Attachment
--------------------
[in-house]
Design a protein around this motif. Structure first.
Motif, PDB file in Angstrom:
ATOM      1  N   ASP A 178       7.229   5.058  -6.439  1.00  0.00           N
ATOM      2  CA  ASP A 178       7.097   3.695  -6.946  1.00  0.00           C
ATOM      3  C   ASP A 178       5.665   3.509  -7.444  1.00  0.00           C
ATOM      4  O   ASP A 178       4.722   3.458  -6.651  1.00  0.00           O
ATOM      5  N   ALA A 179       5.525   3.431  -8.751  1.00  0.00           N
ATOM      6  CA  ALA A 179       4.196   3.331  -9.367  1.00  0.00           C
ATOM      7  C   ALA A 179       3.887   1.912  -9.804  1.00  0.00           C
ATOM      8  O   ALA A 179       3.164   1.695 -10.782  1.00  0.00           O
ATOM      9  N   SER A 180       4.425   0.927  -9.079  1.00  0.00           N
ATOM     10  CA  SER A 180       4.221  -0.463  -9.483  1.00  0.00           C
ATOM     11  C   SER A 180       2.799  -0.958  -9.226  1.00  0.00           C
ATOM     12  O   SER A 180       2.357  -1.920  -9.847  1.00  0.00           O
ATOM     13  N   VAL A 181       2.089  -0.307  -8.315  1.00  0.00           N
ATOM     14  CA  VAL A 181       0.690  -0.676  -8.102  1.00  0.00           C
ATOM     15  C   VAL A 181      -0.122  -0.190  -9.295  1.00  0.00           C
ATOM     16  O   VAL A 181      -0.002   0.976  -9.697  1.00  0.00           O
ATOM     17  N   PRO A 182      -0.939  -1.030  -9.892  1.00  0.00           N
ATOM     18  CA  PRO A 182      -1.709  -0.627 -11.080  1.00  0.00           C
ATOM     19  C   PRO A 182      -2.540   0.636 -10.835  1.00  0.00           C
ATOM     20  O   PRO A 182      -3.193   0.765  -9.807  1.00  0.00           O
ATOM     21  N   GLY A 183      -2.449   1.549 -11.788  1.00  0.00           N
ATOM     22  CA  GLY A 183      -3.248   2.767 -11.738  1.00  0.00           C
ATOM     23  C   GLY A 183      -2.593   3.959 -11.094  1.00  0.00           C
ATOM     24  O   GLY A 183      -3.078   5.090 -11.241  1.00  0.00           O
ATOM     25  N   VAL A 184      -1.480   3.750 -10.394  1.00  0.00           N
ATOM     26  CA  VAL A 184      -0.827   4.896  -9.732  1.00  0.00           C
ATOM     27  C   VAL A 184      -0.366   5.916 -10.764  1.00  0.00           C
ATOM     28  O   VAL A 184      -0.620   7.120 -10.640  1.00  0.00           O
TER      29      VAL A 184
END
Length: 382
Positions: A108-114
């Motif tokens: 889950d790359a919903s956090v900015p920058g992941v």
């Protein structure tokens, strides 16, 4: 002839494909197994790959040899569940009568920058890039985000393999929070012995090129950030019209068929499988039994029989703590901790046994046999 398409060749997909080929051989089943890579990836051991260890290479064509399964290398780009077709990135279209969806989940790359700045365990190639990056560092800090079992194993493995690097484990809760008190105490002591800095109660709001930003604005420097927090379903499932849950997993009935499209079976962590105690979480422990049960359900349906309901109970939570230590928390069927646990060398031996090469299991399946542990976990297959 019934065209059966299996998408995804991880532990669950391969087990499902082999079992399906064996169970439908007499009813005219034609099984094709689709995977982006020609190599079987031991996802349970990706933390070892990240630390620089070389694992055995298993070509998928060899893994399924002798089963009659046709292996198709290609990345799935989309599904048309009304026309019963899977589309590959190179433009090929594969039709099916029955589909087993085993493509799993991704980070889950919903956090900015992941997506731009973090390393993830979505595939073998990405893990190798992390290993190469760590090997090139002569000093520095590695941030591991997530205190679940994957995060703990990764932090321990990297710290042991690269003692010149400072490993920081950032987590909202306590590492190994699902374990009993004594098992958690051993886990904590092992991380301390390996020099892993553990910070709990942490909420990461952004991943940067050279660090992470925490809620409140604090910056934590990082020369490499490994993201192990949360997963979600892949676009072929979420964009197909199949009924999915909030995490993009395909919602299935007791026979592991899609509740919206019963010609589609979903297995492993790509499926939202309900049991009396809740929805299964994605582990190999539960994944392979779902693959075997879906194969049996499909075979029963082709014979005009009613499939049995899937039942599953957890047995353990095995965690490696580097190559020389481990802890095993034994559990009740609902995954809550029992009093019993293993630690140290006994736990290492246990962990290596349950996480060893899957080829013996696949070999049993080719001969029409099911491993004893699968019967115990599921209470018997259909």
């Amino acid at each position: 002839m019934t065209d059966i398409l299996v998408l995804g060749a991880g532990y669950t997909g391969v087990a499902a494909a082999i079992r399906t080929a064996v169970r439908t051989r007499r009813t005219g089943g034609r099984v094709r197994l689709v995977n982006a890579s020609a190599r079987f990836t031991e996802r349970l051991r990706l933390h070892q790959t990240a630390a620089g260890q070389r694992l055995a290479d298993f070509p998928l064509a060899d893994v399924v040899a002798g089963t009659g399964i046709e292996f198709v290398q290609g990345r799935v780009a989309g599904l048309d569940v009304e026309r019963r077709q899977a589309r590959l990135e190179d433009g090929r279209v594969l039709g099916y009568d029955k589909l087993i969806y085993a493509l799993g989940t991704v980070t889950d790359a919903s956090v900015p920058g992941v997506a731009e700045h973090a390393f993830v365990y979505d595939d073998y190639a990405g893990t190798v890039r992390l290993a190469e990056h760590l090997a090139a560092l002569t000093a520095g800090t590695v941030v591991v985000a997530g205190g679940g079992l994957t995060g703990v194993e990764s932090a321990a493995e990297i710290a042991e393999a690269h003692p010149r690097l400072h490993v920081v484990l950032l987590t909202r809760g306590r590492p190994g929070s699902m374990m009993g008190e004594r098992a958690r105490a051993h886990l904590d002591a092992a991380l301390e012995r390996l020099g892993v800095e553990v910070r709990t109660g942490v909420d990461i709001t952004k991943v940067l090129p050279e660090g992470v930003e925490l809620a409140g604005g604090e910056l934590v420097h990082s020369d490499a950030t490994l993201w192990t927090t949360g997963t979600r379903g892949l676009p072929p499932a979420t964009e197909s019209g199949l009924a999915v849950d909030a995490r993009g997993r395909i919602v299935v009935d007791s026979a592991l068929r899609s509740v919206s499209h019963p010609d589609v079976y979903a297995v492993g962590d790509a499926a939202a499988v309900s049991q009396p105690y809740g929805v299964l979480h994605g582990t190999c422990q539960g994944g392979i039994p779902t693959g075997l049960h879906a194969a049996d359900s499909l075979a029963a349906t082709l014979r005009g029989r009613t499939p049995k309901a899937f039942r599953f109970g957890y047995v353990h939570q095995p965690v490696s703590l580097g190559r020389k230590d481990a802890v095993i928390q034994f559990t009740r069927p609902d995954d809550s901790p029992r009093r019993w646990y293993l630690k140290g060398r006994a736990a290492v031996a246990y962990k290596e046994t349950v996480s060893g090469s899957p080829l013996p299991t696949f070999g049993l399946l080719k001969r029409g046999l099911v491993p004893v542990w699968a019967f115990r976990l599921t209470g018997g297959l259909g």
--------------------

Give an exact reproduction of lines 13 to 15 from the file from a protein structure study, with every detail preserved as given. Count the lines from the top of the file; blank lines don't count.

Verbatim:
ATOM     10  CA  SER A 180       4.221  -0.463  -9.483  1.00  0.00           C
ATOM     11  C   SER A 180       2.799  -0.958  -9.226  1.00  0.00           C
ATOM     12  O   SER A 180       2.357  -1.920  -9.847  1.00  0.00           O